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You and your designated driver can take turns tasting at the North Carolina wineries and breweries that dot the landscape so many of us will be traversing this summer.

Wine? Beer? Go for it, you're on vacation 

Too often, we approach our vacations with the same mind-set we apply to our working life. We pack the car with great efficiency and hit the road, intent on staying on schedule as we incessantly worry, "Are we making good time?"

Sure, it's the fastest way to get to Grandma's house, but it doesn't leave much time for looking around. As Memorial Day weekend arrives to kick off road-trip season, I suggest we toss the travel schedules out the window this summer and slow down, stop for a drink even, along the way. You'll need a designated driver, of course. But if you're traveling with a friend, you can take turns tasting at the many North Carolina wineries and breweries that dot the landscape so many of us will be traversing this summer.

Here are a few suggestions for places to explore that are right on the way.

If you've driven Interstate 40 west to Greensboro, you've no doubt passed the shiny, square glass building that is the Red Oak Brewery (6901 Konica Drive, Whitsett; 336-447-2055; www.redoakbrewery.com). It's just inside Guilford County at Exit 138 in Whitsett. There's no pub, but on Friday afternoons at 3 p.m., its small tasting room gets pretty popular. The brewery offers a weekly tour followed by a tasting. On the tour, visitors learn about the brewery's devotion to Bavarian-style lagers and the 1516 Law of Purity, which allows for malted barley, hops, water and yeast and no other ingredients. At the tasting afterward, you can sample the Hummingbird Helles, a pilsner that's 4.5 percent alcohol; Red Oak, a red-tinged lager with 5 percent alcohol; and Battlefield Bock, a dark coffee-and-cocoa-flavored lager that's 7 percent alcohol. Some weeks they bring in ice cream from Homeland Creamery in Julian to make floats with the Battlefield Bock. The Friday afternoon crowd is lively and friendly, and the tour is a great way to start the weekend if you find yourself in Whitsett at that hour. Bring cash, because the brewery doesn't take debit or credit cards. The tour is $5, and bottled beer and growlers are for sale.

About 60 miles west, just off I-40, RayLen Vineyards and Winery (3577 U.S. 158, Mocksville; 336-998-3100; www.raylenvineyards.com) awaits. These are the vines you have seen from the interstate as you sped past so many times, just outside of Winston-Salem. Why not stop? A glass of wine or a few sips from several bottles in their tasting room offers a much more pleasant break from your drive than the average truck stop. And the detour takes hardly more than 10 minutes. The tasting room is a simple two-story building with plenty of room for folks to gather around the bar. RayLen makes 16 wines, from pinot grigio to Riesling to the award-winning Category Five, a blend of cabernet sauvignon, Shiraz, cabernet franc, merlot and petit verdot. You can taste them all for $10 or concentrate on either whites or reds for $6. The front porch has plenty of rockers where you can sit and sip and watch the grapes grow before hitting the highway again. The winery is open 11 a.m. to 6 p.m. Monday through Saturday. There is music on some Friday evenings. This Saturday, RayLen will host an open house from 1 to 5 p.m., featuring a free glass of wine for each visitor and musical entertainment. Food will be for sale as well. Not sure what's on the menu, but I'm guessing it will be better than whatever is at the drive-through.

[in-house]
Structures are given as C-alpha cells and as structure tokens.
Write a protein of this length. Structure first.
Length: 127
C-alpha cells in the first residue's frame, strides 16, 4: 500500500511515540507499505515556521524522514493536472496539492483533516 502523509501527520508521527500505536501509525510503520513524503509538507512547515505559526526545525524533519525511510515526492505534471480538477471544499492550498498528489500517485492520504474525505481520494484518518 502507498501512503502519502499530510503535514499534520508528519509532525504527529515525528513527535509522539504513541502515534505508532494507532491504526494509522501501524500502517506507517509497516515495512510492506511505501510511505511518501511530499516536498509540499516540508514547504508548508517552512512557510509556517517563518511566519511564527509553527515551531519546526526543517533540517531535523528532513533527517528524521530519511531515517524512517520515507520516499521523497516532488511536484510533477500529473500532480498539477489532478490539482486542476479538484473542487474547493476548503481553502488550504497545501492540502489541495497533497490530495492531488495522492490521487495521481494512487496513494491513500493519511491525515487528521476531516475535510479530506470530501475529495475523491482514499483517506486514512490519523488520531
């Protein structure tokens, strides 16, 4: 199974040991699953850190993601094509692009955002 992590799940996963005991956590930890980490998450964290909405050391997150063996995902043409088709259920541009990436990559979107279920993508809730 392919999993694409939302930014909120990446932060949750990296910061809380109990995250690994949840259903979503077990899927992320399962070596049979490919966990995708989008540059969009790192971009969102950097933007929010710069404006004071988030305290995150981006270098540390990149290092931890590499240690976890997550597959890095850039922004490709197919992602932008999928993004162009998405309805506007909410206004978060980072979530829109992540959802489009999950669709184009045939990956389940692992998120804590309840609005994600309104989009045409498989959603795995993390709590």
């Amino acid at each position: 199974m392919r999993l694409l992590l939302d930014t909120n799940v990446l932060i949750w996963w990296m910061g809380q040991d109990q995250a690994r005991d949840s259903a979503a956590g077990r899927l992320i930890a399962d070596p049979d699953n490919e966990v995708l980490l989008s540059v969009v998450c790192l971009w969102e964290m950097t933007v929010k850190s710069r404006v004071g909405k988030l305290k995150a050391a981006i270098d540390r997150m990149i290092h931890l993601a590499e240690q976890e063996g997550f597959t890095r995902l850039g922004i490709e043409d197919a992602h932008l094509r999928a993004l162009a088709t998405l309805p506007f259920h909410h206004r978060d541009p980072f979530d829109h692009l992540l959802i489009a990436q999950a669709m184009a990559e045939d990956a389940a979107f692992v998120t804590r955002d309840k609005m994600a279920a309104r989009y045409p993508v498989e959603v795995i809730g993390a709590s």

If Interstate 95 figures into your route and you're a muscadine grape lover, a stop at Hinnant Family Vineyards (826 Pine Level-Micro Road, Pine Level; 919-965-3350; www.hinnantvineyards.com) should be on your list. It's about three miles off I-95 near Selma, just north of Smithfield. The vineyard has been in business since 2002. It makes 15 varieties of wine, most using native muscadine grapes, which fare better in the sandy soil and high humidity of eastern North Carolina than do the European vinifera grapes. Hinnant also makes fruit wines, including pomegranate and strawberry, and also sells blueberries and peaches and scuppernong jellies. If ever there is a season for fruit wine, then summer is certainly it. Visitors can tour the winery or just hit the tasting room. The vineyard is open 11 a.m. to 5 p.m. weekdays, 10 a.m. to 6 p.m. Saturday and 1 to 5 p.m. Sunday.

These stops will slow you down more than running into a rest stop or spinning through a drive-through, but shouldn't "Slow Down and Taste the Wine—or Beer" be high on your summer to-do list anyway?

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